The latest stats show wages rising by just 1% in the year to July. And with inflation at around 3%, it’s clear many are feeling the squeeze.
How, then, do we explain car sales? If times are tough and money is tight, then the last thing you are likely to do is splash out on a big-ticket purchase like a shiny new motor.
Europeans have got the message. New car sales on the continent this year have been the lowest since records began in 1990. Yet here in the UK, September saw the highest monthly registrations since the pre-crisis times of March 2008.
I have heard a few reasons why these car sales are a special case. Those weak continental demand numbers mean the car manufacturers have heavily discounted UK prices in a desperate attempt to shift volumes.
New ownership financing models have made it appear more affordable to have a new car. And of course, we are all flush with PPI compensation, most of which has apparently found its way into new car deposits.
Even if we allow these explanations, I still think it’s an odd state of affairs. It’s the same in the housing market.
The special factors here are ultra-low interest rates and the extension of the Help to Buy scheme. But if you are struggling to make ends meet and are seeing your real wages under continual pressure, surely the last thing you do is buy a house.
Yet, both housing transactions and prices are on a rising trend. The Office of National Statistics (ONS) today claimed that UK house prices have hit record levels.
So what’s going on? My impression for a couple of years now has been that the economy is in much better shape than the media would suggest. I think the stock market would agree with me – the domestically biased FTSE Small Cap index has risen by 24% this year to a new all-time high. Most of the smaller companies I meet are doing fine.
In this industry, the full-time job is dead
In fact, I had an interesting meeting with one of them last week which provided an alternative view on those wage statistics. Matchtech is the leading recruitment agency for engineers.
Now, this is a specialist sector of the labour market focused on qualified, higher paid people; but nevertheless, they are seeing 5% wage inflation as the norm. And income levels are generally at a higher level for their contractors than they might have expected to earn a few years ago. Why is this?
That 5% number largely reflects supply and demand. Many of the industries Matchtech serves are enjoying strong demand, while ‘skill shortages’ are evident in forcing up wages.
In the UK, we are portrayed as a nation of consumers and service providers with a dangerously unbalanced economy. Yet, we have global centres of excellence in engineering.
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This is the case in deep-water oil and gas technology, in advanced automotive engineering, biotech and medical devices. Add in infrastructure investment in roads and rail, and commercial aircraft programmes moving into production phases, and it creates a lot of healthy demand.
The other driver behind these better incomes is a cultural one. Matchtech places permanent staff; but the larger part of its business is the 5,450 contractors it has out on assignment.
The cultural shift has been the acceptance and embracing of the contractor model by both employer and worker. It is significantly cheaper to engage a contractor given tax, pensions, employment rights and so on. Some of these savings are passed on in higher wage rates.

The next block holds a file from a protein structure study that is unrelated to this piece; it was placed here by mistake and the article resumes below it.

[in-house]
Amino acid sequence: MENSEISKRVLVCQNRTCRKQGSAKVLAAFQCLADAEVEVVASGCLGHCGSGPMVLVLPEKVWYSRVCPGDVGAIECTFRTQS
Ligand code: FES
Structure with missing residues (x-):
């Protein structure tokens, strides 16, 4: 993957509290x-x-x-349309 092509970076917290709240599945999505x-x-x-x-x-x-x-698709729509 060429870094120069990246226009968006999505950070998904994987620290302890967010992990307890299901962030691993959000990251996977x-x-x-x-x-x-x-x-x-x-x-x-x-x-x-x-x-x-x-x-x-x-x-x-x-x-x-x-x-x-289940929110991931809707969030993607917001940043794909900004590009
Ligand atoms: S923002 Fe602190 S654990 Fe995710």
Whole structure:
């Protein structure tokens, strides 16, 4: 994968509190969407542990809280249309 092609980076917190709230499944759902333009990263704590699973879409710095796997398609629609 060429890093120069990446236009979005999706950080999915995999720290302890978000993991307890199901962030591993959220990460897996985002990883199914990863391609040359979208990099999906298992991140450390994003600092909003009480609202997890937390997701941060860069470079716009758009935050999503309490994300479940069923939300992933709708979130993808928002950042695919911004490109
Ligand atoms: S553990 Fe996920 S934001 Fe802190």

Any stigma surrounding temporary employment has disappeared, with contracting becoming the norm in IT and an increasingly popular choice in other fields like engineering. Workers have long since given up the expectation of a job for life, or even a long-term career, with a single employer.
For employers in the engineering or technology industries where work is often focused on large discrete contracts, it makes sense to tie employees’ costs directly into the contract they are working on. And when it’s completed, both sides are free to go their separate ways.
Investors are piling into this recruitment firm
This has provided a very lucrative backdrop for Matchtech. Today, it announced earnings up by 32% in the year to July and was able to increase the dividend by 15%.
Most recruitment companies are operationally geared and tend to do well during periods of expansion. Matchtech’s specialism and emphasis on contract workers rather than filling permanent jobs has also made it resilient during the recession.
Unlike some of its less stable competitors, it remained in the black and maintained its dividend.
The stock market has taken notice of these qualities. The shares have risen by over 100% in the last year. At today’s 500p, they still provide a good yield of 3.6%, and the price/earnings ratio is pitched around the market average.
That seems reasonable value for a company benefiting from both the cyclical economic upturn and some strong trends in its particular niche.
The only depressing aspect to this story is the point about skill shortages. Matchtech has been sourcing engineers from Europe to plug gaps it can’t find enough UK engineers to fill.
It is true that it focuses on recruiting for jobs which are specialist and harder to fill, hence its higher margins. But it would be nice to see our country getting the full benefit of this growth.
• This article is taken from our free twice-weekly small-cap investment email, The Penny Sleuth. Sign up to The Penny Sleuth here.
Information in The Penny Sleuth is for general information only and is not intended to be relied upon by individual readers in making (or not making) specific investment decisions. The Penny Sleuth is an unregulated product published by Fleet Street Publications Ltd. Fleet Street Publications Ltd is authorised and regulated by the Financial Conduct Authority. FCA No 115234. http://www.fsa.gov.uk/register/home.do
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